“The EJRA for both the college and university which applied to me applied a retirement age of 67 years that retained the status quo from the mid-1980s.“This age is far too low and I can see that I would be able to carry on working, as would many of my colleagues, well into my mid-70s.“I felt it was unfair that I had to try and ‘convince’ the university and college panels that my continued employment was appropriate.”The English Fellow added: “None of these other institutions have reduced their standards by not forcibly retiring staff. There is no evidence to support the need to ‘refresh’ the academic workforce in terms of turnover.“The university is effectively seeking to justify discrimination on the grounds of age in order to promote equality and diversity of other protected characteristics.“I fully accept the importance of equality and diversity. I am myself from a working class background and the importance of these kinds of social aims weighs strongly with me.“I did not wish to retire, as I did not see the relevance of my age to my ability to carry out the duties of my post in research or teaching for the duties of the Founder’s Fellow.”Professor Pitcher was given the option of reapplying for his job, though appears to have decided against the move.He noted: “Trying to satisfy an unreasonably high threshold test that I am virtually indispensable to the university when I had given decades of impeccable service is degrading and humiliating.”There have been successful internal appeals against the University’s compulsory retirement age in the past. In 2014, Denis Galligan, a law professor at Wolfson College, challenged his set retirement age of 67. Peter Edwards, a professor of inorganic chemistry at St. Catherine’s College was also allowed to keep his job at 69.Cambridge is the only other Russell Group university to have such a policy.The University of Oxford declined to comment. St. John’s College were contacted for comment. A fellow at St. John’s College claims that he was forced to retire two years ago in order to meet workplace diversity expectations, an employment tribunal has heard.Prof. John Pitcher, an English professor who has taught at the college since 1982, had plans to work past the university retirement age of 67. However, he was allegedly told by the College that he would have to retire from his job, which brings an annual salary of £83,000, at the age of 67.Although an initial retirement date had been set for 2012, Pitcher was made a Founder’s Fellow of the college, with a fixed contract until 2020. He undertook a fundraising position within the college under the assumption he would be employed up until then, and now claims he was “forcibly retired” four years prior to the agreed date.The move by St John’s to enforce the initial retirement date apparently came under Oxford’s Employer Justified Retirement Age (EJRA) policy, which sets a compulsory retirement age at 68.Pitcher has since taken his case to an employment tribunal, where he is now suing the University for £100,000 for loss of earnings after an internal appeal was rejected.Court documents from the case indicate that the college believed the move was necessary to “safeguard the high standard” and to move towards “inter-generation fairness”, with “succession planning” and “diversity” also used to justify the move.President of St. John’s College, Maggie Snowling, echoed these documents in a witness statement: “The EJRA helped both the college and the university take steps towards a more diverse academic body and will continue to do so.“It is a proportionate means of ensuring increasing diversity and intergenerational fairness.”Professor Pitcher said: “I believe that decision was discriminatory because of age and was not justified and was also unfair.
LocalNews Bouyon Champions WCK celebrating 25 years by: – January 26, 2012 54 Views no discussions Share Share Sharing is caring! Tweet Share WCK original logo, photo credit: dominicadevelopmentgroup.comBouyon Champions “WCK” band will celebrate its 25th year of existence this year.Windward Caribbean Kulture affectionately known as “WCK” which was formed in 1987 has been credited as the pioneers of bouyon music which originated in Dominica. The WCK band which is also based in Dominica has earned its place at the top ranks in the entertainment industry due to its unique blend of the islands traditional music and dances namely Belle, Quadrille, Jing Ping, Mazouk and Cadence calypso. This blend has been labeled “Bouyon” a genre they had credited for creating. WCK representative Jael Joseph highlighted the accomplishments of the band at the Dominica Festivals Committee’s weekly press conference on Wednesday.WCK representative, J.L Joseph“WCK or CK for short has managed to bring back the traditional sounds of Dominica through technological advancements and the use of state of the art musical instruments thus enhancing and revitalizing a sound once thought to be dormant.”According to Joseph the group hits include; “One more sway” in 1990 and recorded the second album “Culture shock”, “Forever”, “Volah Voleh”, “Conch Shell”, “To show to flam”, “Balance Battay”, “Hold dem”, “Super Band”. Joseph noted that the Band has to date “produced over nineteen albums all highly acclaimed and continues to capture the hearts of multiple generations of music lovers, not only Bouyon music, but with a diverse repertoire both live and at protection level”. The band has received several awards over the years and these include;• Best album, Culture Shock, Dominica Fame awards, 1991-1992• Dominica road march for “Conch Shell” 1993• Best participating band Festival de musica del Caribe in Columbia in 1994• Best Album “To show to flam” in Dominica fame awards 1995• Best album original “Hold dem” Dominica fame awards 1996• Song of the year Bouyon in St Lucia RCI 1996• Best album “Too many cooks” Dominica Fame awards in 1997Joseph says “now approaching its twenty-fifth anniversary, WCK is unanimously, with resilience going against the present norm of one hit wonders. The band intends to live up to its duty to satisfy the current fans and attract new ones”Dominica Vibes News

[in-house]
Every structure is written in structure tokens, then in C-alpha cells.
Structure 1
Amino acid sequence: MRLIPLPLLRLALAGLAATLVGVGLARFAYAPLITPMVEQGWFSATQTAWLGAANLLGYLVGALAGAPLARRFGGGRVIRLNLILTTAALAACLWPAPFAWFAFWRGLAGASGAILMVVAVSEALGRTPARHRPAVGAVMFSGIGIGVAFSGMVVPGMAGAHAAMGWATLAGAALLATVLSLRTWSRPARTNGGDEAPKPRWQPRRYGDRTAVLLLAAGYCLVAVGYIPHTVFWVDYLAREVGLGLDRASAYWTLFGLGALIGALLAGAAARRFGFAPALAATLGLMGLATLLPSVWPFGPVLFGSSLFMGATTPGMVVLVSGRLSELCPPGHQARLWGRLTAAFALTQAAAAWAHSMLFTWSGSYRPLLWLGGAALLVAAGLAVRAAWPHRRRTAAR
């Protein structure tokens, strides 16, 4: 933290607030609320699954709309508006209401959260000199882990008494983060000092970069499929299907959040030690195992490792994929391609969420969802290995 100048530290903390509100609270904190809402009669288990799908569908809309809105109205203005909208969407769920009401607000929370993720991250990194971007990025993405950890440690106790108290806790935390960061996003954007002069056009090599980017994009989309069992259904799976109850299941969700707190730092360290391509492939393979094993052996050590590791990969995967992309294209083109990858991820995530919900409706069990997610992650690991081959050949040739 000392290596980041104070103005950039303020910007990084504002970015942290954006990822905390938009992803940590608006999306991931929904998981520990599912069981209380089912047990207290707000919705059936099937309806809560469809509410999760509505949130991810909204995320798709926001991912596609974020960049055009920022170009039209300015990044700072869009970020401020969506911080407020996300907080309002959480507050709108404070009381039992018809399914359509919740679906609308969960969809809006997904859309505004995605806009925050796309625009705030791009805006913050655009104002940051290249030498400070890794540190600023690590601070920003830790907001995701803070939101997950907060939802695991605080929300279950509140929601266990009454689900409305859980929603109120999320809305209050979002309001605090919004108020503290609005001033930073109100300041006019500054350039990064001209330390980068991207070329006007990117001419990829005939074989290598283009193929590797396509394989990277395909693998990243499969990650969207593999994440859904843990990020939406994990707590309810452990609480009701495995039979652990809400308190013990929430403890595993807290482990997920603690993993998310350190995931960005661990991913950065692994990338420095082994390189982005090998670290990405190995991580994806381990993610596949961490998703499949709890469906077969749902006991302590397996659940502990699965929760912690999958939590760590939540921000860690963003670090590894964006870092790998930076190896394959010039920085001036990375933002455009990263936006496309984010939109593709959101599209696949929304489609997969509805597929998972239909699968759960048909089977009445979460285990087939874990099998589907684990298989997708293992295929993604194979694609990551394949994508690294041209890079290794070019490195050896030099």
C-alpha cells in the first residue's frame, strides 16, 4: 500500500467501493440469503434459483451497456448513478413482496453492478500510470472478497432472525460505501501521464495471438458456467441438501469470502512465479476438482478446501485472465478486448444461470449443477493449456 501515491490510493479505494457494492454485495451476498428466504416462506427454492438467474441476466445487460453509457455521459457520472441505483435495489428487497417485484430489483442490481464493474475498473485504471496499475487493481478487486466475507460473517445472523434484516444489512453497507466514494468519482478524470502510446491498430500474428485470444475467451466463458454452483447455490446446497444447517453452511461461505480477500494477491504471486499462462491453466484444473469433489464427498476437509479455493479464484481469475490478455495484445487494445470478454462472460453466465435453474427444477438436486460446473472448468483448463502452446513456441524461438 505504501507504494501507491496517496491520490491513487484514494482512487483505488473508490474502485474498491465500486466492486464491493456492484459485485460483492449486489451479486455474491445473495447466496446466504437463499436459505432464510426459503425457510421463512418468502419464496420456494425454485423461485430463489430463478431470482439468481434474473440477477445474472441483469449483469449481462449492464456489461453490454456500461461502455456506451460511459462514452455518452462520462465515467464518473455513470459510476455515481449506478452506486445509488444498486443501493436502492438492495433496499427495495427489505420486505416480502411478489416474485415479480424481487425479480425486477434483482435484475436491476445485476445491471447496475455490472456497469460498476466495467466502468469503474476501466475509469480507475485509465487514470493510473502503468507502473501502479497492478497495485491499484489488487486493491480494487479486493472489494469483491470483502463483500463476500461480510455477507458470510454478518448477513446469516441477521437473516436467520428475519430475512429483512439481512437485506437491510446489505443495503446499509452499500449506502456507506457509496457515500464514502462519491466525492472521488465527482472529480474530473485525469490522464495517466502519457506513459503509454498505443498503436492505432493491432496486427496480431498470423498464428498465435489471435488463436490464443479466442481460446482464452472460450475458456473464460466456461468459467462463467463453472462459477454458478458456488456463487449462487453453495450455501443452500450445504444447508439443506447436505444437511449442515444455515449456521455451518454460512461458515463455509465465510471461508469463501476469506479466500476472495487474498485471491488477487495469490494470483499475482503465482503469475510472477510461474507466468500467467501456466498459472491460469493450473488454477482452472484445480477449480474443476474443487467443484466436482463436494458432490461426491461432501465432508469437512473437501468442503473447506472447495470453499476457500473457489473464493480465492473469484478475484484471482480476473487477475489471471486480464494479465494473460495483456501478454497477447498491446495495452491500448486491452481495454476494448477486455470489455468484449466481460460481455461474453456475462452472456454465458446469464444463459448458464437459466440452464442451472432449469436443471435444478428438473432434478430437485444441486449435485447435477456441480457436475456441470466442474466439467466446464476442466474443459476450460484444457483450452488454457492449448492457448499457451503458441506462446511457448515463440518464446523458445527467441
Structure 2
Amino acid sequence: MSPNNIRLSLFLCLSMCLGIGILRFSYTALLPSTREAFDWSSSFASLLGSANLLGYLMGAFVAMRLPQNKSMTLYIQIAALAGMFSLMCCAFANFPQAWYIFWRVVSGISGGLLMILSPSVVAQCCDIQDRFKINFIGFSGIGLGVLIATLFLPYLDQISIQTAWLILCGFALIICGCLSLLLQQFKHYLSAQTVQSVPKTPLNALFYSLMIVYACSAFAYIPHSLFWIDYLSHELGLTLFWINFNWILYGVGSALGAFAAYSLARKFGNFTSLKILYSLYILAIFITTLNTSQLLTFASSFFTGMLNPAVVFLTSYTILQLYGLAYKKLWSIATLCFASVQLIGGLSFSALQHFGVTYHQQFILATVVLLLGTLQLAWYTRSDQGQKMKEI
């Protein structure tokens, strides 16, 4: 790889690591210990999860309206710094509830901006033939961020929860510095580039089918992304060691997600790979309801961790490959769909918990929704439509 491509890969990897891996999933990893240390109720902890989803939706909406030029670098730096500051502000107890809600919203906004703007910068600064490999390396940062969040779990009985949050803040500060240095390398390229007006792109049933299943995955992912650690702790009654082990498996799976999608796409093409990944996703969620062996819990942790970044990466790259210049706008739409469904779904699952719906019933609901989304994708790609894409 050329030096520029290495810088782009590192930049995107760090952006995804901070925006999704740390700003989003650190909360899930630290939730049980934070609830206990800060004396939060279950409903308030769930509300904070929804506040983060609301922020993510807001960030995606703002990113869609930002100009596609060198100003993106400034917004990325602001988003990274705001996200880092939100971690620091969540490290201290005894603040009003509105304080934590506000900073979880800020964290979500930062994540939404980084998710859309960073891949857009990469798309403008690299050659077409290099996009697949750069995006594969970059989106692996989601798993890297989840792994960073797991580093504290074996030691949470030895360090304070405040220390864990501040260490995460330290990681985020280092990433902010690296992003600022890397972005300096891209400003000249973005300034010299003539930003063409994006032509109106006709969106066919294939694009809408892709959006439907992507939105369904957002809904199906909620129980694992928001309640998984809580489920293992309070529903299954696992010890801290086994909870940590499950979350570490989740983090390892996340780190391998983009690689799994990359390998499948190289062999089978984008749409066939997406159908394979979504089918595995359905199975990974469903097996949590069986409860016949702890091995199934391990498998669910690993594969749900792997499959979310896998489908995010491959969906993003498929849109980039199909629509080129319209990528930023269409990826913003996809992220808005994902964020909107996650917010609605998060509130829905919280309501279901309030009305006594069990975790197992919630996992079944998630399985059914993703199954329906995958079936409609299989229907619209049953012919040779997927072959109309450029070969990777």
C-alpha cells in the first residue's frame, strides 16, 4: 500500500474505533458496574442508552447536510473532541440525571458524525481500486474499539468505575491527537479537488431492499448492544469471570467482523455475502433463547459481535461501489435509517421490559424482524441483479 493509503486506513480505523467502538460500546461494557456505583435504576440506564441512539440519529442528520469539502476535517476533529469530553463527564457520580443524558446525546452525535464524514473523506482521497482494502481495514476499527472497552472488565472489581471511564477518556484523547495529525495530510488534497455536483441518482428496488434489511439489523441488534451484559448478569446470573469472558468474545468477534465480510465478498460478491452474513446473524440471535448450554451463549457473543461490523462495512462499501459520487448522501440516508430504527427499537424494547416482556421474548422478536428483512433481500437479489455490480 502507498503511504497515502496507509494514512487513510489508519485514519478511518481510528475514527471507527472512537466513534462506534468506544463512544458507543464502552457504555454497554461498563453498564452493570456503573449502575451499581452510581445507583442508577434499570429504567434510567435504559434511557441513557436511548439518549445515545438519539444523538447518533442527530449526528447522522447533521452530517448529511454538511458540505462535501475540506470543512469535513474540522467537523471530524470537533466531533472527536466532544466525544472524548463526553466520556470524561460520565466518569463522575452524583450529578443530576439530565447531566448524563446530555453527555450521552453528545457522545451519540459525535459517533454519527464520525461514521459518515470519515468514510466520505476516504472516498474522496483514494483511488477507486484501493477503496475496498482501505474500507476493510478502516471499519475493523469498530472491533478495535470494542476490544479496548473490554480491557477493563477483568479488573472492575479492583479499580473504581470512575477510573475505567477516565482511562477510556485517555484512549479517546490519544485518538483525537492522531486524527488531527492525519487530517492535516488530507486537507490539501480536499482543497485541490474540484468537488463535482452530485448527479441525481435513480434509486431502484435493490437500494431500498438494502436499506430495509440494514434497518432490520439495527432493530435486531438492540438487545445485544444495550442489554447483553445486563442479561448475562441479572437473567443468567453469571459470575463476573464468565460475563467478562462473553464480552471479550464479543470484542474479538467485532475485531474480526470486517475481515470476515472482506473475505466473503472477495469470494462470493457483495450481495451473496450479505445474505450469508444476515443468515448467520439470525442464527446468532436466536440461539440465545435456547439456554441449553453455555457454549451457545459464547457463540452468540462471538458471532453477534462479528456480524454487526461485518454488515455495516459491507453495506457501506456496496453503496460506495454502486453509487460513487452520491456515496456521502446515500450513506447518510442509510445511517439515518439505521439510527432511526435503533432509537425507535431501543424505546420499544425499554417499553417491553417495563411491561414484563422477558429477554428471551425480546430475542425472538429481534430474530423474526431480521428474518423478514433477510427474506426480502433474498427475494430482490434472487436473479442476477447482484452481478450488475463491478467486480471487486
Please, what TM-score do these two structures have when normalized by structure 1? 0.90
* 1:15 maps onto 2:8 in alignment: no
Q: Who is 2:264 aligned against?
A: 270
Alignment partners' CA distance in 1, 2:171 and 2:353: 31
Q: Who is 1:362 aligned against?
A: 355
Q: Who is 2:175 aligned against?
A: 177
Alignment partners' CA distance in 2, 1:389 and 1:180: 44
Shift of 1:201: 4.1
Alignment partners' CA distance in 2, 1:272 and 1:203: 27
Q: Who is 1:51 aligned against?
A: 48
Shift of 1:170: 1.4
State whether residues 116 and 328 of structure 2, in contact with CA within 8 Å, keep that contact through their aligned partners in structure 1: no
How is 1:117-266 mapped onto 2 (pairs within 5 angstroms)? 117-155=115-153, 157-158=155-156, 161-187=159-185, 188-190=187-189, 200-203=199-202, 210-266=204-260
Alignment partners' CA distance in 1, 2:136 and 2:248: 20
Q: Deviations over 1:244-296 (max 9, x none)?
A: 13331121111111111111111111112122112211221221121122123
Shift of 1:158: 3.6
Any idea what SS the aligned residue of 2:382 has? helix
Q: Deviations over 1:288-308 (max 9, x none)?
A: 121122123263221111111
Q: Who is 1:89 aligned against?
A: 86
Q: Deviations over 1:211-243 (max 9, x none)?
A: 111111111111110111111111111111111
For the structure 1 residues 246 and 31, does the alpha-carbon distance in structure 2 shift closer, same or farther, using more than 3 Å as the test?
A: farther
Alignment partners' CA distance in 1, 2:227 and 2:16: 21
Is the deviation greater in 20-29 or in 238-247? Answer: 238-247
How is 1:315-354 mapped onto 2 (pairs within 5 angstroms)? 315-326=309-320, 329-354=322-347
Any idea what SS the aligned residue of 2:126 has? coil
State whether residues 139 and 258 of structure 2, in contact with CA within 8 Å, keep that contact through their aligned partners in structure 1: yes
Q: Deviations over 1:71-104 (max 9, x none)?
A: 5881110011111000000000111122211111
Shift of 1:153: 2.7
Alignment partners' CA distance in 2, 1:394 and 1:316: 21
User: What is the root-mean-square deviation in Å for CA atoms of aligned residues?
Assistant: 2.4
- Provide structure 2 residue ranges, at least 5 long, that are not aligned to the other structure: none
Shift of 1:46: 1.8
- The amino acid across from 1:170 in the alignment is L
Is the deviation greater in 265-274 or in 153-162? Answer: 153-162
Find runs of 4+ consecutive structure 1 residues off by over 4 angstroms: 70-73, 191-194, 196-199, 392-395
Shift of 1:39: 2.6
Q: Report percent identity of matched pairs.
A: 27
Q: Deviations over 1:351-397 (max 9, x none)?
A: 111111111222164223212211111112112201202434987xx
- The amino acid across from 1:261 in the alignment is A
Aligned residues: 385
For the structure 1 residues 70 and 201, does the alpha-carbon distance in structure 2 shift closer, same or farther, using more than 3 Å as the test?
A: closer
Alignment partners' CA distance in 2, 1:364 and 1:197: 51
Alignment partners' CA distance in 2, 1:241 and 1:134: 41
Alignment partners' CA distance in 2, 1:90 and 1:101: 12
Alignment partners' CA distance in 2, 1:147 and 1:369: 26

MPA approves golf, XC, field hockey, soccer; football, volleyball moved to spring – September 10, 2020 Ellsworth runners compete in virtual Boston Marathon – September 16, 2020 Bio Latest Posts Hospice volunteers help families navigate grief and find hope – September 12, 2020 ORONO — Few opponents have been able to win consistently against Mount Desert Island or Ellsworth swimmers this year. The biggest meet of the 2019-20 season thus far was hardly any different.MDI and Ellsworth put forth some of the top efforts at Saturday’s Penobscot Valley Conference championship meet at the University of Maine. MDI claimed both the boys’ and girls’ titles, and Ellsworth had a number of individual and relay wins with senior Caitlin MacPherson being chosen as Swimmer of the Meet.“This was the outcome we were looking for from this meet, for sure,” MDI head coach David Blaney said. “We had good results and improved times just about everywhere, and it was smiles and good times all around.”On the girls’ side, Ruby Brown got second-place and fifth-place finishes for MDI with times of 58.10 seconds and 2 minutes, 28.89 seconds in the 100-yard freestyle and 200-yard individual medley, respectively. The Trojans also got a second-place finish from Cecilia Saltysiak in the 100-yard backstroke and third-place relay finishes in the 200-yard medley and 200-yard freestyle.This is placeholder textThis is placeholder textThe Trojans’ score of 323 came as they used their massive squad depth to rack up large point totals across every event to add a PVC title to their undefeated season. Even though MDI didn’t have a first-place finisher, the Trojans’ sheer quantity of third-, fourth-, fifth- and sixth-place finishers was enough to put them well over the top.“Some of the other teams will get a lot of people get first or second, but we will have so many girls finish in those next few spots,” Brown said. “That’s what really got us the points and brought us home.”The MDI boys won the 200-yard freestyle relay as the unit of Brendan Graves, Jon Genrich, Tyler Willis and Sam Mitchell finished with a time of 1:39.43. The Trojans added third-place finishes in the 200 medley and 400-yard freestyle relays.Members of the Mount Desert Island girls’ swim team pose for a photo after winning the Penobscot Valley Conference championships Feb. 8 at the University of Maine. The MDI boys and girls swept both PVC team championships to head into the upcoming state meet with undefeated records. ROSALIE BROWN PHOTOIndividually, Graves added a win in the 100-yard breaststroke with a time of 1:06.56. Sam Mitchell added a first-place finish in the 1-meter dive with a score of 273.45, and the senior nearly added another in the 50-yard freestyle as his time of 24.49 seconds was just 0.03 behind winner Griffin Erb of Bangor.As a team, the Trojans registered 347 points to top Bangor’s 270. The win marked the first PVC championship crown since 2008 for the MDI boys, who finished second to Ellsworth in 2018 and 2019.Despite entering the competition with a much smaller roster than many of its competitors, Ellsworth claimed third place in both the boys’ and girls’ team competitions. The Eagles scored 170 points on the boys’ side and 212 on the girls’ side.The Ellsworth boys got a pair of individual event wins from junior Sean Hill, who placed first in the 200- and 500-yard freestyles. Hill also participated on the 200 medley (Nick Partridge, Lucas Fendl and Ryan Ulichny) and 200 freestyle (Partridge, Fendl and Robert Springer) relay teams, both of which claimed second place.On the girls’ side, Ellsworth’s Kristy Barry breezed to victory in the 100-yard backstroke with a time of 1:01.20, a new team record. Barry joined Ellie Anderson, Caitlin MacPherson and Caroline Mazgaj on the Eagles’ 400 freestyle relay team, which also claimed a first-place finish and team record with a time of 3:52.69.MacPherson, who took first in the 200 freestyle with a time of 2:08:00, was named Swimmer of the Meet. She added a second-place finish in the 500 freestyle and also joined Barry, Mazgaj and Anderson on the Eagles’ second-place 200 freestyle relay team.“All of the girls had great times,” Ellsworth head coach Jim Goodman said. “Although the boys were down one swimmer from the team, leaving seven [swimmers], they pushed their efforts [and outdid] all expectations.”Boys’ and girls’ events were originally supposed to be held over two days with the boys competing Friday evening at Husson University, but with the icy road conditions, the decision was made to have both meets Saturday at UMaine. With the girls competing at 1 p.m. and the boys competing at 6, the schools had to bus their boys and girls to Orono separately.“It was unfortunate that we couldn’t all ride all together or have the coaches all be together, but it’s just one of those things where that’s the way it is,” Brown said. “We were there with each other in spirit.”The teams will close out the 2019-20 swim season next week with the state championships at Bowdoin College. The girls will compete at 11 a.m. next Monday, Feb. 17, and the boys will be in action at that time the following day, Feb. 18.“We know the season will be over when that bus comes back to Mount Desert Island Tuesday night, and everyone wants to leave their best for last,” Blaney said. “We know there’s going to be some fun races down there in the southland.” Latest posts by Mike Mandell (see all) Mike MandellMike Mandell is the sports editor at The Ellsworth American and Mount Desert Islander. He began working for The American in August 2016. You can reach him via email at [email protected]